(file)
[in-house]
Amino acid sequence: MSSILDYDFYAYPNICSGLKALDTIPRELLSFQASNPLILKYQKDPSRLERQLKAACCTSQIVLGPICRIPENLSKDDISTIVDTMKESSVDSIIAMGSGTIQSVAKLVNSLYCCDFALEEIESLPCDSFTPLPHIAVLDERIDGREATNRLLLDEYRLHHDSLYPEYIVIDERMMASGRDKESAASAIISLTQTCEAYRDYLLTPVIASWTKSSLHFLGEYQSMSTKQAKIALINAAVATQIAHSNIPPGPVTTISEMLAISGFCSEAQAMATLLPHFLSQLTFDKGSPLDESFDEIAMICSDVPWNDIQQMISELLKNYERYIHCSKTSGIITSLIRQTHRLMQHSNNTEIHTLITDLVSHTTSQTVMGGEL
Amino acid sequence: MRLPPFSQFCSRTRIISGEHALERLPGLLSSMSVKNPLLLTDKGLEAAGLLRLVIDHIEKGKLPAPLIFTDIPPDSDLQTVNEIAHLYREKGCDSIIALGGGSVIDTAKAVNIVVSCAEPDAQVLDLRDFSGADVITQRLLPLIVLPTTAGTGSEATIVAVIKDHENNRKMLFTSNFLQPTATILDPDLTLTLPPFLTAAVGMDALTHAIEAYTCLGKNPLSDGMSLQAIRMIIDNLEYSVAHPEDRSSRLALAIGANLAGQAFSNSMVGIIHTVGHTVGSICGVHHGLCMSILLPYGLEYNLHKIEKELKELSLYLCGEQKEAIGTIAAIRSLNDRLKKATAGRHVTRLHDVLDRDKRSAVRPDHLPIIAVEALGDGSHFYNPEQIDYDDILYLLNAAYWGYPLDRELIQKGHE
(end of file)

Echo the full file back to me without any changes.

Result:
[in-house]
Amino acid sequence: MSSILDYDFYAYPNICSGLKALDTIPRELLSFQASNPLILKYQKDPSRLERQLKAACCTSQIVLGPICRIPENLSKDDISTIVDTMKESSVDSIIAMGSGTIQSVAKLVNSLYCCDFALEEIESLPCDSFTPLPHIAVLDERIDGREATNRLLLDEYRLHHDSLYPEYIVIDERMMASGRDKESAASAIISLTQTCEAYRDYLLTPVIASWTKSSLHFLGEYQSMSTKQAKIALINAAVATQIAHSNIPPGPVTTISEMLAISGFCSEAQAMATLLPHFLSQLTFDKGSPLDESFDEIAMICSDVPWNDIQQMISELLKNYERYIHCSKTSGIITSLIRQTHRLMQHSNNTEIHTLITDLVSHTTSQTVMGGEL
Amino acid sequence: MRLPPFSQFCSRTRIISGEHALERLPGLLSSMSVKNPLLLTDKGLEAAGLLRLVIDHIEKGKLPAPLIFTDIPPDSDLQTVNEIAHLYREKGCDSIIALGGGSVIDTAKAVNIVVSCAEPDAQVLDLRDFSGADVITQRLLPLIVLPTTAGTGSEATIVAVIKDHENNRKMLFTSNFLQPTATILDPDLTLTLPPFLTAAVGMDALTHAIEAYTCLGKNPLSDGMSLQAIRMIIDNLEYSVAHPEDRSSRLALAIGANLAGQAFSNSMVGIIHTVGHTVGSICGVHHGLCMSILLPYGLEYNLHKIEKELKELSLYLCGEQKEAIGTIAAIRSLNDRLKKATAGRHVTRLHDVLDRDKRSAVRPDHLPIIAVEALGDGSHFYNPEQIDYDDILYLLNAAYWGYPLDRELIQKGHE